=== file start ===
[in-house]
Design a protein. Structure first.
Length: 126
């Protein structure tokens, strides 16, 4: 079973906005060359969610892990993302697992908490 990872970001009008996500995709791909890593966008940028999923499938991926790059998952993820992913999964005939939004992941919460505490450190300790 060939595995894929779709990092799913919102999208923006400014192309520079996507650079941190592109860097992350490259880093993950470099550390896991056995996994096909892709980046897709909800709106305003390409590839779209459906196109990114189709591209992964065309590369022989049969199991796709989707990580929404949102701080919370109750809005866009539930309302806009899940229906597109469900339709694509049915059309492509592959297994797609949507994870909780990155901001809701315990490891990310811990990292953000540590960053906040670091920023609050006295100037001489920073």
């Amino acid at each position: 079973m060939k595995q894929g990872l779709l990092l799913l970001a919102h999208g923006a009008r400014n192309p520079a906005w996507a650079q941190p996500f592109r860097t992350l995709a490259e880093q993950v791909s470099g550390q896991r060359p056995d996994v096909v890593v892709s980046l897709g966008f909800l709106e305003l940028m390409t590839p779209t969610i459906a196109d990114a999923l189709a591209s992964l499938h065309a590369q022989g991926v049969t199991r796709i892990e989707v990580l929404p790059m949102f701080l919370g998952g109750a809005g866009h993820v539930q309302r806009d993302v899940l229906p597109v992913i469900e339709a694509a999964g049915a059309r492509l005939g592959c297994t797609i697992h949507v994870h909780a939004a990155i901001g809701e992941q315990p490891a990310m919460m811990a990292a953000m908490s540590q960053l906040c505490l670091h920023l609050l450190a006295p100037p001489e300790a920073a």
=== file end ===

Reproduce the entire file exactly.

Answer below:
[in-house]
Design a protein. Structure first.
Length: 126
């Protein structure tokens, strides 16, 4: 079973906005060359969610892990993302697992908490 990872970001009008996500995709791909890593966008940028999923499938991926790059998952993820992913999964005939939004992941919460505490450190300790 060939595995894929779709990092799913919102999208923006400014192309520079996507650079941190592109860097992350490259880093993950470099550390896991056995996994096909892709980046897709909800709106305003390409590839779209459906196109990114189709591209992964065309590369022989049969199991796709989707990580929404949102701080919370109750809005866009539930309302806009899940229906597109469900339709694509049915059309492509592959297994797609949507994870909780990155901001809701315990490891990310811990990292953000540590960053906040670091920023609050006295100037001489920073």
């Amino acid at each position: 079973m060939k595995q894929g990872l779709l990092l799913l970001a919102h999208g923006a009008r400014n192309p520079a906005w996507a650079q941190p996500f592109r860097t992350l995709a490259e880093q993950v791909s470099g550390q896991r060359p056995d996994v096909v890593v892709s980046l897709g966008f909800l709106e305003l940028m390409t590839p779209t969610i459906a196109d990114a999923l189709a591209s992964l499938h065309a590369q022989g991926v049969t199991r796709i892990e989707v990580l929404p790059m949102f701080l919370g998952g109750a809005g866009h993820v539930q309302r806009d993302v899940l229906p597109v992913i469900e339709a694509a999964g049915a059309r492509l005939g592959c297994t797609i697992h949507v994870h909780a939004a990155i901001g809701e992941q315990p490891a990310m919460m811990a990292a953000m908490s540590q960053l906040c505490l670091h920023l609050l450190a006295p100037p001489e300790a920073a």